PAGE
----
Sequestration's Impact on America's Military
Image Credit: The White House (Flickr)

Sequestration's Impact on America's Military


The Diplomat's editor Harry Kazianis spoke with Center for Strategic and Budgetary Assessment Senior Fellow Mark Gunzinger concerning Sequestration and its possible effects on America's pivot to Asia.  

1. As Sequestration looms, America has made a commitment to "pivot" or "rebalance" to the Asia-Pacific. One part of this is shifting military assets into the Pacific. In an era of greatly reduced resources, what impact will this have on the defense component of the pivot in terms of readiness and available manpower if forces are needed in a crisis (defense or non-defense related aka tsunami or earthquake etc.)?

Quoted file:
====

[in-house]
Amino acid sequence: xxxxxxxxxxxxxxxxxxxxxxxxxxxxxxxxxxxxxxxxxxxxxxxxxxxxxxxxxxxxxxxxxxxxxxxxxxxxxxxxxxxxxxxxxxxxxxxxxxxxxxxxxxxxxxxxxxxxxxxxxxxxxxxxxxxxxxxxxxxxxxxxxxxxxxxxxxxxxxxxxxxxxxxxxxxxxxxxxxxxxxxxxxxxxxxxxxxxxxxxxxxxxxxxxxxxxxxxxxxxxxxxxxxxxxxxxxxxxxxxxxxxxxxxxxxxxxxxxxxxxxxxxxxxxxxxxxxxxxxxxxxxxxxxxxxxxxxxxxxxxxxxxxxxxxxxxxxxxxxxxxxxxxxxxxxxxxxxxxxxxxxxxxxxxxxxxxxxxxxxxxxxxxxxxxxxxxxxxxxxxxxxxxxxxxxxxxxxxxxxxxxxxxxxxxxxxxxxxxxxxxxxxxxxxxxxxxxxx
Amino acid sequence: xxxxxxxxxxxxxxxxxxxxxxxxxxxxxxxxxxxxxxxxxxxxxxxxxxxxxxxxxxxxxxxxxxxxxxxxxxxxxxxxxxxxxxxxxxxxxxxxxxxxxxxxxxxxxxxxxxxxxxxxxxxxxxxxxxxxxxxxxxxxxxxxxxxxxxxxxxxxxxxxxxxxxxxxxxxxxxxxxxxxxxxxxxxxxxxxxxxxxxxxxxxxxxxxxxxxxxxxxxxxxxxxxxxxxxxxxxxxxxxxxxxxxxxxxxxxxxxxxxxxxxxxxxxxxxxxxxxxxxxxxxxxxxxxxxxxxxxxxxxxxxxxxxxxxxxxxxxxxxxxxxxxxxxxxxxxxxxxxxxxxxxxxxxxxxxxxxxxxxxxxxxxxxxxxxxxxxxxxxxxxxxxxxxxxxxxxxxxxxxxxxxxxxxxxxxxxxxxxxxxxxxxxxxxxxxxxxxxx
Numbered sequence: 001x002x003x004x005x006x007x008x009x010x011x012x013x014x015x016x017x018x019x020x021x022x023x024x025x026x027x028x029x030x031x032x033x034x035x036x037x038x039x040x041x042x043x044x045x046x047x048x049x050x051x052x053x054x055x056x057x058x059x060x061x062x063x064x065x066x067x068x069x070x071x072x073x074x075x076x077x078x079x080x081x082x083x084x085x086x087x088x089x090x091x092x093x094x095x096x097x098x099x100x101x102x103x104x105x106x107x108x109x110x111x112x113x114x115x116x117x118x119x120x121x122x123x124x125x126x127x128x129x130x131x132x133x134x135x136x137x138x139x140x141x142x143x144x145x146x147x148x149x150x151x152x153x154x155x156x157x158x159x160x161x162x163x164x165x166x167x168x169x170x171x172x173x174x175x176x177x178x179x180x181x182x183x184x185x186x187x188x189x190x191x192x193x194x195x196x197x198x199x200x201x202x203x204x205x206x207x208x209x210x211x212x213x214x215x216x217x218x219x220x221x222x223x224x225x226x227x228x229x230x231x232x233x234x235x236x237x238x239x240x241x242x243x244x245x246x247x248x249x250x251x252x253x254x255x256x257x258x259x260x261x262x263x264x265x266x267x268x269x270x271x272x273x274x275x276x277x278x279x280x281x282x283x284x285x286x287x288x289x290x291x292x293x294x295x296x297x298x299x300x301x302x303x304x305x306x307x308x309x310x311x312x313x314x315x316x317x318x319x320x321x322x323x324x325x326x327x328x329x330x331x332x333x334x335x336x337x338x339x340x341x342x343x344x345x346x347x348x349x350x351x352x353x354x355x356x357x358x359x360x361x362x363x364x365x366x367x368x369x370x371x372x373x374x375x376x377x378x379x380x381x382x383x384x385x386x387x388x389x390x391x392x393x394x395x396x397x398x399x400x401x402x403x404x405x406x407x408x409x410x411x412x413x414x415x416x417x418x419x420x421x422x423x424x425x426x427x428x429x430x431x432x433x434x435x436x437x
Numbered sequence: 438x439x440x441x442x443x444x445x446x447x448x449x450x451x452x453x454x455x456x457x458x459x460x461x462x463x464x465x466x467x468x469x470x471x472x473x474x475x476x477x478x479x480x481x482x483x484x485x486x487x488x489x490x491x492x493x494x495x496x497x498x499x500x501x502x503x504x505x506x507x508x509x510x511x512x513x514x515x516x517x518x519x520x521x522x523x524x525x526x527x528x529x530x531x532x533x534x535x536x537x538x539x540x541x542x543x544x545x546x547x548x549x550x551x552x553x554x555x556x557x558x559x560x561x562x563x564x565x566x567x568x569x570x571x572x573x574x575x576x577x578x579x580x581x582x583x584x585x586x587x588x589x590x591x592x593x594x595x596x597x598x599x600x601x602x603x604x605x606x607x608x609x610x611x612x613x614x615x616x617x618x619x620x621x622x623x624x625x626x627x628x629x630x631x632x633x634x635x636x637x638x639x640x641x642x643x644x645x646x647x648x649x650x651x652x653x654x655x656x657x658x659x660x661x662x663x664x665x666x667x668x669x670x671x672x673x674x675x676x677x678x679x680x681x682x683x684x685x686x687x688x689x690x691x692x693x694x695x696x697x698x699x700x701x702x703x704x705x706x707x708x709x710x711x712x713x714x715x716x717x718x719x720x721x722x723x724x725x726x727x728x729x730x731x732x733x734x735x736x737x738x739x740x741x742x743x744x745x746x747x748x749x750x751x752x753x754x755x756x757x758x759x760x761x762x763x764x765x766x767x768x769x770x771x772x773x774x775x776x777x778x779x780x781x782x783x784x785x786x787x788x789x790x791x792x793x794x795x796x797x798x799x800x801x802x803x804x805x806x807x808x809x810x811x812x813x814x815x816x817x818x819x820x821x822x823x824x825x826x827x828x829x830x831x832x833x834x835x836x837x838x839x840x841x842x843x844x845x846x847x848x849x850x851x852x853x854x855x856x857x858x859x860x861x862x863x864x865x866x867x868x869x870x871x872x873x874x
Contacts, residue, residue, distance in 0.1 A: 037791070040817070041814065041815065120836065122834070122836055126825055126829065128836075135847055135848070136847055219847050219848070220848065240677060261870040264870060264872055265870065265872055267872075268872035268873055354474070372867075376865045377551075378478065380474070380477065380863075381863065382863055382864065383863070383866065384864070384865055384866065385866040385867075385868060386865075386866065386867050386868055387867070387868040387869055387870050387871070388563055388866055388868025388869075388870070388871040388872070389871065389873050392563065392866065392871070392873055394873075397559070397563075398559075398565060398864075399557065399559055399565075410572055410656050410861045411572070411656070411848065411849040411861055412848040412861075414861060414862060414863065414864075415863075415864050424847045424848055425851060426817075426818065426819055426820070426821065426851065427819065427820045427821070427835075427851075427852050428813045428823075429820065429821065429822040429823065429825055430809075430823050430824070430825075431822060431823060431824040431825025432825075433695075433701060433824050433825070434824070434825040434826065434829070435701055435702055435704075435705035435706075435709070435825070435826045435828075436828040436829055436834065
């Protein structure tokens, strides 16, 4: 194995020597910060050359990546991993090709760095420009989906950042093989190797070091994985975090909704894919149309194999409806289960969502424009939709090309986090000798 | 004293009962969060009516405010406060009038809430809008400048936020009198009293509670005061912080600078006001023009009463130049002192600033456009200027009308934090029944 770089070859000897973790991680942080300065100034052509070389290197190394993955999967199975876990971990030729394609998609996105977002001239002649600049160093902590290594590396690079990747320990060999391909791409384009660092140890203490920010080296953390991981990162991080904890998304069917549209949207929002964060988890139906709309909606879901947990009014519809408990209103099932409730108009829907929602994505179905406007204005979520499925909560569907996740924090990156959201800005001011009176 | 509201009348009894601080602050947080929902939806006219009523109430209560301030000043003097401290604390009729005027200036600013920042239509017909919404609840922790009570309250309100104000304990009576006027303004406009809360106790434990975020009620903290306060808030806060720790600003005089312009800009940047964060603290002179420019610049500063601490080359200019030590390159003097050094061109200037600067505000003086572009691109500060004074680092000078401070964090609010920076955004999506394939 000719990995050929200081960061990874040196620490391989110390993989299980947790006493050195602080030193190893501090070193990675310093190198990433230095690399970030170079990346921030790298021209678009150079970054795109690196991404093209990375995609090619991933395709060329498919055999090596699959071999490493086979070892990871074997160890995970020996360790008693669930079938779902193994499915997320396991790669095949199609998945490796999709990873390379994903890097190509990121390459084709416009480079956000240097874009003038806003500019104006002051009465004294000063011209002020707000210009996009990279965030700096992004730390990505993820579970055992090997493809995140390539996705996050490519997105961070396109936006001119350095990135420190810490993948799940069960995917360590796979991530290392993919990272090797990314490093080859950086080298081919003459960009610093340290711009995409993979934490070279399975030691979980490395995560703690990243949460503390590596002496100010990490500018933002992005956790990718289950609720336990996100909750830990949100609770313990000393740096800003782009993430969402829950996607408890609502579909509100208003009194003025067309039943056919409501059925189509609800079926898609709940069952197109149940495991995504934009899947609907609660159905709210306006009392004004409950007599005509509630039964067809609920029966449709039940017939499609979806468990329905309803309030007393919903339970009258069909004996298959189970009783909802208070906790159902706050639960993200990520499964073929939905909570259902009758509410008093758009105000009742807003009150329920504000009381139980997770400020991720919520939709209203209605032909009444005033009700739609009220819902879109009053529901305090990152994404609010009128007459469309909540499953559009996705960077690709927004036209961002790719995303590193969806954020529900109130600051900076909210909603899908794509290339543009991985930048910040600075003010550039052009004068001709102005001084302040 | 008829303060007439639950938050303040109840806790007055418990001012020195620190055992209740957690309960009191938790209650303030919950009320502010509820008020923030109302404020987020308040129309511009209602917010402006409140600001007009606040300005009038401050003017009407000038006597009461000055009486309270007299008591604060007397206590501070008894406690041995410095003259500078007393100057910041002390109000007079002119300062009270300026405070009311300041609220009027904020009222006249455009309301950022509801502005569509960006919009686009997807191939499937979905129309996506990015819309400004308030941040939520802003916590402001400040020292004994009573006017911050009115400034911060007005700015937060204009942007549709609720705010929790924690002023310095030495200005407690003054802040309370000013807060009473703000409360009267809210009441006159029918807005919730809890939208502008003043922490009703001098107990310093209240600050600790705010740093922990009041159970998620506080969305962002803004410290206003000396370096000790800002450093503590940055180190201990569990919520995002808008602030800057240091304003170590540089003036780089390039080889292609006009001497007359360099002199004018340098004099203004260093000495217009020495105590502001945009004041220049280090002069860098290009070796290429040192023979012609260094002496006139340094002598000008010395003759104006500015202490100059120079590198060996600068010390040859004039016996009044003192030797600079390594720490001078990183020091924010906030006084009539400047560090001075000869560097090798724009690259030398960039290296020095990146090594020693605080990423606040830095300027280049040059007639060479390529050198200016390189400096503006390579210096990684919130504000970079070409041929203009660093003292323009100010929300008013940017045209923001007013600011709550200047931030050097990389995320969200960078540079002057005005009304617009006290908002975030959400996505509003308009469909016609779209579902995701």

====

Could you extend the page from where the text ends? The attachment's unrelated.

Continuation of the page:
Major cuts to the defense budget will impact the U.S. military’s readiness to respond to crises in all geographic regions. The impact will be more significant if the Defense Department is forced to make uniform percentage reductions across its programs without regard to its strategic priorities, which is what the sequester will do unless Congress acts to modify the Budget Control Act of 2011. It is highly likely that sequestration could delay Asia-Pacific rebalancing initiatives that DoD might pursue. For example, funding may not be available to harden overseas military facilities to ballistic missile attacks, or establish new locations that U.S. forces could disperse to in the event of a crisis. It could also reduce exercises and training activities the U.S. military undertakes with our Pacific allies as part of an overall strategy to maintain regional stability. As for shifting more assets to the Asia-Pacific, a sequester will likely cause DoD to revisit its timing for doing so, especially if it results in significant cuts to the overall size of our nation’s air and naval forces.

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